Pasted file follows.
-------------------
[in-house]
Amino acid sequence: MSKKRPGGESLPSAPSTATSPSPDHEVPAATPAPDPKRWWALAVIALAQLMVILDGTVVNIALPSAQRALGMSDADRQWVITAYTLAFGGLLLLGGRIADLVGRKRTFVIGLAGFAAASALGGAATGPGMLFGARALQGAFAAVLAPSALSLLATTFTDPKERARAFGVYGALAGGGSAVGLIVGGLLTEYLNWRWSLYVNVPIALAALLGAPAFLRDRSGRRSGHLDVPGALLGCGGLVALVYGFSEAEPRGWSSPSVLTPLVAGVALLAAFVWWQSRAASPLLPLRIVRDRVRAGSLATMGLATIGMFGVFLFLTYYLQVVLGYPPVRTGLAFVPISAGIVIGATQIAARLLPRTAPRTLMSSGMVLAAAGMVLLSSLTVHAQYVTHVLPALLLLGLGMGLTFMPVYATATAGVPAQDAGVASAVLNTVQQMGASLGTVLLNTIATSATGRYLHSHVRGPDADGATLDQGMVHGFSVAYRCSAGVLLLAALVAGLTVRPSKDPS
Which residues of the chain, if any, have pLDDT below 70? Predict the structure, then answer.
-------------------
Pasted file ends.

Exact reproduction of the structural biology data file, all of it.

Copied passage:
[in-house]
Amino acid sequence: MSKKRPGGESLPSAPSTATSPSPDHEVPAATPAPDPKRWWALAVIALAQLMVILDGTVVNIALPSAQRALGMSDADRQWVITAYTLAFGGLLLLGGRIADLVGRKRTFVIGLAGFAAASALGGAATGPGMLFGARALQGAFAAVLAPSALSLLATTFTDPKERARAFGVYGALAGGGSAVGLIVGGLLTEYLNWRWSLYVNVPIALAALLGAPAFLRDRSGRRSGHLDVPGALLGCGGLVALVYGFSEAEPRGWSSPSVLTPLVAGVALLAAFVWWQSRAASPLLPLRIVRDRVRAGSLATMGLATIGMFGVFLFLTYYLQVVLGYPPVRTGLAFVPISAGIVIGATQIAARLLPRTAPRTLMSSGMVLAAAGMVLLSSLTVHAQYVTHVLPALLLLGLGMGLTFMPVYATATAGVPAQDAGVASAVLNTVQQMGASLGTVLLNTIATSATGRYLHSHVRGPDADGATLDQGMVHGFSVAYRCSAGVLLLAALVAGLTVRPSKDPS
Which residues of the chain, if any, have pLDDT below 70? Predict the structure, then answer.